Saturday, August 27, 2011

Ten se nejlip má! Right, Peter Griffin?

Good translation is an art, and Google Translate is, well, a fart. It stinks, especially with so-called minor languages, meaning languages not spoken by a lot of people. Like Czech. Admittedly a difficult language that, despite years of study, I have never been able to master. My latest study strategy is to download American television shows, like "Family Guy," with Czech subtitles. That way I get to learn interesting words that you'll find nowhere in standard grammars, like how to call someone a fatass, which, for the record, is tlustoprde ... if you can believe what you read, which, after reading the translation for the theme song, became a bit of a leap of faith — almost as much as taking directions from Google Maps.

Wednesday, May 26, 2010

Dagmar: No reason to get bugged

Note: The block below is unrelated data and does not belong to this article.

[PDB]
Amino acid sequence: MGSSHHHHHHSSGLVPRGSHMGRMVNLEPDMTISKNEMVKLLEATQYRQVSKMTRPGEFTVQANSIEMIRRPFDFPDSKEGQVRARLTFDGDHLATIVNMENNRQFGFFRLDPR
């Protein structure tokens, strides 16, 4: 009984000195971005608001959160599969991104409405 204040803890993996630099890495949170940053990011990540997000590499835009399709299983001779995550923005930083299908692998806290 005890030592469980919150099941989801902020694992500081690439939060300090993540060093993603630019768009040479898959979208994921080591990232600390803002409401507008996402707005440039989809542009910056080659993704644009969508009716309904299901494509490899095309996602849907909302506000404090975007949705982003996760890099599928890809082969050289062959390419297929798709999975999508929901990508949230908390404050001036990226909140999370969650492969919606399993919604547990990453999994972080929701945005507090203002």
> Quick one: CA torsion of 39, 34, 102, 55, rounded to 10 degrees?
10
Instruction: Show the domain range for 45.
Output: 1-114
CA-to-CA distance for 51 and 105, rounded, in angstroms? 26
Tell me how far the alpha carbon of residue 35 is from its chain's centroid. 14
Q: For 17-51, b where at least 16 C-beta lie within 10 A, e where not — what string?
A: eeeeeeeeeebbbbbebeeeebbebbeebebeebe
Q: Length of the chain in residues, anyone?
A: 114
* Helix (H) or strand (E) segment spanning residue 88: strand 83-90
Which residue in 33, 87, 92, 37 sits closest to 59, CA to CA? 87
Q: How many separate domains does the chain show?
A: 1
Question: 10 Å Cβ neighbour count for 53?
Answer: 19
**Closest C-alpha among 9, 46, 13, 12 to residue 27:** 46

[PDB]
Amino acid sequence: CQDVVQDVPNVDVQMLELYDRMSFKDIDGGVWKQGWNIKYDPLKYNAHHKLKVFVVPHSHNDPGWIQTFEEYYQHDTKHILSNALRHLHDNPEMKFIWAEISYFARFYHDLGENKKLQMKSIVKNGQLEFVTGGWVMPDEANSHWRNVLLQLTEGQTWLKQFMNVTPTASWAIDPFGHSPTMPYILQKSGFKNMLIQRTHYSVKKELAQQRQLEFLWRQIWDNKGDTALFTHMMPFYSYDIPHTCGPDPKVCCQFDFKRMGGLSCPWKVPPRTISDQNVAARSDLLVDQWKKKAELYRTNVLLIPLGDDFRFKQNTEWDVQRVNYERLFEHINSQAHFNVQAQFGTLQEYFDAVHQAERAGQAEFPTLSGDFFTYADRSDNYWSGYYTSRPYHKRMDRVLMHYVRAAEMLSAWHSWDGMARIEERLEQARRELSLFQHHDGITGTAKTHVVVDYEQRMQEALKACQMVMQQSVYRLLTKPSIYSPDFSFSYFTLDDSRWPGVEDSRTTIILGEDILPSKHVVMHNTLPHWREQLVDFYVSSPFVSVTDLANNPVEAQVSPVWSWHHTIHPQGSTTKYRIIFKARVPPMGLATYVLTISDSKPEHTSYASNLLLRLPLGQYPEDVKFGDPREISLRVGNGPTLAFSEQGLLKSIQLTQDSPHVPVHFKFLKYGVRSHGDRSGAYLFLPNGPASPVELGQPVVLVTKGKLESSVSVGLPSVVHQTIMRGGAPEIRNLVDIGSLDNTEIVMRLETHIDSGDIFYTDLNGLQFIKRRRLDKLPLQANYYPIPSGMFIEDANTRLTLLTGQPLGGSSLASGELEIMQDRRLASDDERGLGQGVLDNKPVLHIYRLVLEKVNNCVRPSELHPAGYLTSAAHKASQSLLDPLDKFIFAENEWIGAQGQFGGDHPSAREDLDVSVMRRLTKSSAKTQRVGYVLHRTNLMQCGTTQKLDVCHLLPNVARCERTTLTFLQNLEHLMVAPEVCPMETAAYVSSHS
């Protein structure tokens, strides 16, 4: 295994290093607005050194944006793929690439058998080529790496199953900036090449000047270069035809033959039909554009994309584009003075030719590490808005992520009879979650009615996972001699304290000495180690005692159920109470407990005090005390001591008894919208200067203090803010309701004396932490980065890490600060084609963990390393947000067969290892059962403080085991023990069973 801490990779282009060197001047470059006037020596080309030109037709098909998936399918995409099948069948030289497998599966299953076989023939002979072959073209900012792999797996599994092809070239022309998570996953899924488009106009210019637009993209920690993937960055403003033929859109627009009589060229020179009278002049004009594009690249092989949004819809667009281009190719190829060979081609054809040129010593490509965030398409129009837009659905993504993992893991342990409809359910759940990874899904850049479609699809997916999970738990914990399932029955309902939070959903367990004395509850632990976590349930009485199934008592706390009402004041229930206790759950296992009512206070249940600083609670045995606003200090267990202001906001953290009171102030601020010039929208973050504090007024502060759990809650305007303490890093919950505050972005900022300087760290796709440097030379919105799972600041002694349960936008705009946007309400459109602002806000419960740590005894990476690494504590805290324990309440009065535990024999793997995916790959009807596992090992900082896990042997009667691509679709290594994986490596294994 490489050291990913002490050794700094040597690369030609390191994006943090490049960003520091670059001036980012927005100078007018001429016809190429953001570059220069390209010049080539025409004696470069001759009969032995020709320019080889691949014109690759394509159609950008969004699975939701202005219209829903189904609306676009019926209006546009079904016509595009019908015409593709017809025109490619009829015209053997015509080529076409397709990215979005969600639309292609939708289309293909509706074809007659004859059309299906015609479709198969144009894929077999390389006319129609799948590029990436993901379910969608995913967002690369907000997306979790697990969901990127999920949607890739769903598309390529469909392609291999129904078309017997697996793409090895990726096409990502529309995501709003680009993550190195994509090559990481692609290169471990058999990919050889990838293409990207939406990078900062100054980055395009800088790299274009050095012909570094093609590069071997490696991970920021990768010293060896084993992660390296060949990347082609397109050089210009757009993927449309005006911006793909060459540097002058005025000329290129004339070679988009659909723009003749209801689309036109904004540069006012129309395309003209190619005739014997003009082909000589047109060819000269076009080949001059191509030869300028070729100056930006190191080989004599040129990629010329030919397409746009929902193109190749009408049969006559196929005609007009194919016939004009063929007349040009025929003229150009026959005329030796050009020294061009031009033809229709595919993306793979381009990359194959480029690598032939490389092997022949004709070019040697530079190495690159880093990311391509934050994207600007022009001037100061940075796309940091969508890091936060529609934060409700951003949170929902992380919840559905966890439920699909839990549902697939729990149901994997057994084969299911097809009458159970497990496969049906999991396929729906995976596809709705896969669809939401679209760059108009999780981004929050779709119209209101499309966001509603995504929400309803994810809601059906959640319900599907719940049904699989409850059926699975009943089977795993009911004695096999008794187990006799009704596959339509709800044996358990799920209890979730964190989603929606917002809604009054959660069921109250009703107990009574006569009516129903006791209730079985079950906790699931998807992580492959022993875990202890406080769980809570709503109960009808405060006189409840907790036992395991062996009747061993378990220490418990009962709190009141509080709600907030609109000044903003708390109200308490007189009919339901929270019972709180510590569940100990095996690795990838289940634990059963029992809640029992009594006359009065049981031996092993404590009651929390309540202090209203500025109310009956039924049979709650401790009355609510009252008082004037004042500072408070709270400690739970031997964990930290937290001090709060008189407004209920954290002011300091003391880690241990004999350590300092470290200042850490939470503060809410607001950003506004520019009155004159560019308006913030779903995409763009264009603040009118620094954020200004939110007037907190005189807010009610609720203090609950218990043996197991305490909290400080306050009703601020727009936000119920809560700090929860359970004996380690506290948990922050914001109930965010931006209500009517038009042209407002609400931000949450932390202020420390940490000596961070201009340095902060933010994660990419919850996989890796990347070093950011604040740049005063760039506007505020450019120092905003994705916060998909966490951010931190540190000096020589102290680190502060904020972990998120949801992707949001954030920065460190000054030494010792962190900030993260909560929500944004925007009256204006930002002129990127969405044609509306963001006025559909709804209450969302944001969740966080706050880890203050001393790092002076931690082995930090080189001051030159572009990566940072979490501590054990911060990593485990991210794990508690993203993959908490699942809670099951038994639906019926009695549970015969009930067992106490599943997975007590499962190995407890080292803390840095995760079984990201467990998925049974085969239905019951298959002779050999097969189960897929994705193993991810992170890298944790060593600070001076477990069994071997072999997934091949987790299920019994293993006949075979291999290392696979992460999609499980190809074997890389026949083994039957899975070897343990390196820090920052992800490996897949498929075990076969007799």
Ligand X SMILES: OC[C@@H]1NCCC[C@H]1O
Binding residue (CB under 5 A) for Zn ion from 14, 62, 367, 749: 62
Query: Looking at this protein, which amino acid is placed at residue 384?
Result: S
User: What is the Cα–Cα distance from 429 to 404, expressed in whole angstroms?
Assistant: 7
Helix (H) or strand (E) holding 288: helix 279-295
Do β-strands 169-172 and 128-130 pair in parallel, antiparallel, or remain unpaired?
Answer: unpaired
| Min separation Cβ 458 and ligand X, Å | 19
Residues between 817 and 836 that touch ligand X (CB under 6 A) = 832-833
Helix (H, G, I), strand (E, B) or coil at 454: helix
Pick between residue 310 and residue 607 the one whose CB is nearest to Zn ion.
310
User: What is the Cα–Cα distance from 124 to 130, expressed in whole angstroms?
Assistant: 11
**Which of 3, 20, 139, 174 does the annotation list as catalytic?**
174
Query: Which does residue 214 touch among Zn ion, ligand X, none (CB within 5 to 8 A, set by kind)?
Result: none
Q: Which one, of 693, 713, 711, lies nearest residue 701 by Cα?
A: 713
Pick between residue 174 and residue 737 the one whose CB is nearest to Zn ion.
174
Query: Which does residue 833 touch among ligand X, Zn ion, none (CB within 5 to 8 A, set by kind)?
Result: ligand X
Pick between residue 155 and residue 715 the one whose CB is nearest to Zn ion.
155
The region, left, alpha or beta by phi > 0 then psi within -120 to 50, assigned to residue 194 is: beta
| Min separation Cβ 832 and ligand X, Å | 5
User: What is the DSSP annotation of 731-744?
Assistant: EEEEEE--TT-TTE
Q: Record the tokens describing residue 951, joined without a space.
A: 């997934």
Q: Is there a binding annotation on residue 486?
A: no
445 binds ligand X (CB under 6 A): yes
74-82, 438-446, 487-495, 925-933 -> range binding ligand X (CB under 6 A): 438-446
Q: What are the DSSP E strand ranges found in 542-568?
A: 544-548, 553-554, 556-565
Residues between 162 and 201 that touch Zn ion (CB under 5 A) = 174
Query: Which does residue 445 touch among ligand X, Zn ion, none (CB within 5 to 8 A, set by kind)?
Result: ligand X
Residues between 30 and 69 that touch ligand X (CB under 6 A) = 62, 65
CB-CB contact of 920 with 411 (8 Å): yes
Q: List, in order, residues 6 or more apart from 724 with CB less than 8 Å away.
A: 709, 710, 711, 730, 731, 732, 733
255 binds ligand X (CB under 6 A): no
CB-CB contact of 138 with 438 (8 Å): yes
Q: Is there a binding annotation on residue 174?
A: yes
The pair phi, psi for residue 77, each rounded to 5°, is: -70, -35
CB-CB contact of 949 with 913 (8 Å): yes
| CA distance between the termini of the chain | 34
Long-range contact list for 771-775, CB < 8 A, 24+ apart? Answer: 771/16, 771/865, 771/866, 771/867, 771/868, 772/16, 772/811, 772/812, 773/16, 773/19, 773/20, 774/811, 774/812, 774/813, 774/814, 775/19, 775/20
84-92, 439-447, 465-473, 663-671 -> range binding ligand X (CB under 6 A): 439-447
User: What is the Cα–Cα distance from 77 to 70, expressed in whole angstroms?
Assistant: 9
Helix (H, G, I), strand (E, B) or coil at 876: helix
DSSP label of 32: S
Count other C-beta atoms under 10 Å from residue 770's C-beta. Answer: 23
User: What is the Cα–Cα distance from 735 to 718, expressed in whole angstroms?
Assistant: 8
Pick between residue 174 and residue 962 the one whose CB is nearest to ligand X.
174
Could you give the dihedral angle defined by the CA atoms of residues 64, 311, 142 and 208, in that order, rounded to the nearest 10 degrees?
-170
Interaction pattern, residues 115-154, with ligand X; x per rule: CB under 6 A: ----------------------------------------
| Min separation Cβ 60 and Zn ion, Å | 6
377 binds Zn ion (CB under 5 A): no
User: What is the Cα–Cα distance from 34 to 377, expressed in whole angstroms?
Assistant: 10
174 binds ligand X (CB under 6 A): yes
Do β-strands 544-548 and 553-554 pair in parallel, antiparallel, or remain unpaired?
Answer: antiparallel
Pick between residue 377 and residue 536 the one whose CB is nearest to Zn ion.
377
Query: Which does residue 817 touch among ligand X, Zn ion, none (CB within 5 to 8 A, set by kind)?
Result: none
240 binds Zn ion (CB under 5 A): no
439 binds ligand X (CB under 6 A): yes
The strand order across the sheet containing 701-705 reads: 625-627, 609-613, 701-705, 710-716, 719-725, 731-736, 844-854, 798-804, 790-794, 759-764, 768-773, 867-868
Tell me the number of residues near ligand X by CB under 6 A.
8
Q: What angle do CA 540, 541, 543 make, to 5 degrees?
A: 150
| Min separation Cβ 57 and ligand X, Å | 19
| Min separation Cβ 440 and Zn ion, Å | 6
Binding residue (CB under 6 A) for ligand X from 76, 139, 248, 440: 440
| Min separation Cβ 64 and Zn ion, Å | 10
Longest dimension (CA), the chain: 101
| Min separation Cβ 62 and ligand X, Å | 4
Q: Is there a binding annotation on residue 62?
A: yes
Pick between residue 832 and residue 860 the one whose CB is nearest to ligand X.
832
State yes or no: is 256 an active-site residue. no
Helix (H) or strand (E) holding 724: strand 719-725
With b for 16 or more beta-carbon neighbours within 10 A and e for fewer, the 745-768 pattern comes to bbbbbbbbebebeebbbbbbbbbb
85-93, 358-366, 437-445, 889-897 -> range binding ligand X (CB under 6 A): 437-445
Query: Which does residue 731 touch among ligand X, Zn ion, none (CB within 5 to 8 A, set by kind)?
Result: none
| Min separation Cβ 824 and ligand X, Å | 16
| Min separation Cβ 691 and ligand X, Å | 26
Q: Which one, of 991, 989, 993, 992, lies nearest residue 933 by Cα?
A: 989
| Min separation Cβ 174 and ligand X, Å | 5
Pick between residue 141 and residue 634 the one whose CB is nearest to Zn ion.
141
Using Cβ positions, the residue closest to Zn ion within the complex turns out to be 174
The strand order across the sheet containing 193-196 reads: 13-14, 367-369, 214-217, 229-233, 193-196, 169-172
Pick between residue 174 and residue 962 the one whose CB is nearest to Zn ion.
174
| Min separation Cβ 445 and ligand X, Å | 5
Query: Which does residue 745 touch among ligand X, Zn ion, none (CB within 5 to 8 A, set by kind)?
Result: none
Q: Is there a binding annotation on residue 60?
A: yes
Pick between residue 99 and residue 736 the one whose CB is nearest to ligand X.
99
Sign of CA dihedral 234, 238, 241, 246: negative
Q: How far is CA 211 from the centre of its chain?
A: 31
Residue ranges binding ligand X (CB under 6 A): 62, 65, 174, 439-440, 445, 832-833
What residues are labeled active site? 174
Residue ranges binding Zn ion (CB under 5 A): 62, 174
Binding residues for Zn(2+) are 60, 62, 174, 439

The swarm of Dagmar fans is undoubtedly bugged-but-not-especially-surprised by the news that there’s still nothing behind Door No. 3, the much-anticipated, long-promised third edition of  what we like to call Jim Bauer's Insect Chronicles. You know? Depressed-boy-meets-insect-goddess. A stirring, of sorts. Issues arise and, and ... and taking a dramatic turn on the follow-up, Door No. 2, buzzing toward reality, including what happens to the real-life band and and .... And Dagmar, the Beverly-based, New York-hardened band fronted by Bauer and lit up, like a lightning bug, by Meghan McGeary, with her goggles, flight gear, cute little wings and soaring voice ... the band has been, um, let’s say a little optimistic about getting that third disc into our grubby little hands for a while now, so, as Bauer admits on the band’s web, there’s no particular reason to believe them now that the album is almost done. No, really, it is.  But there is good news on the Dagmar —  or, as Stephen Colbert might have it, Dagmarish —  front, as “The Blue Flower,”  a bit of musical theater that combines pre-war Berlin cabaret decadence  and ... well, country and western lyricism hits the stage. No? Think Weill working with Merle Haggard rather than Brecht. American Repertory Theater will be taking the production around the block as part of its new season, right about the time that the playwrights — the husband-and-wife team of Jim and Ruth Bauer — set up shop as visiting artists at Harvard.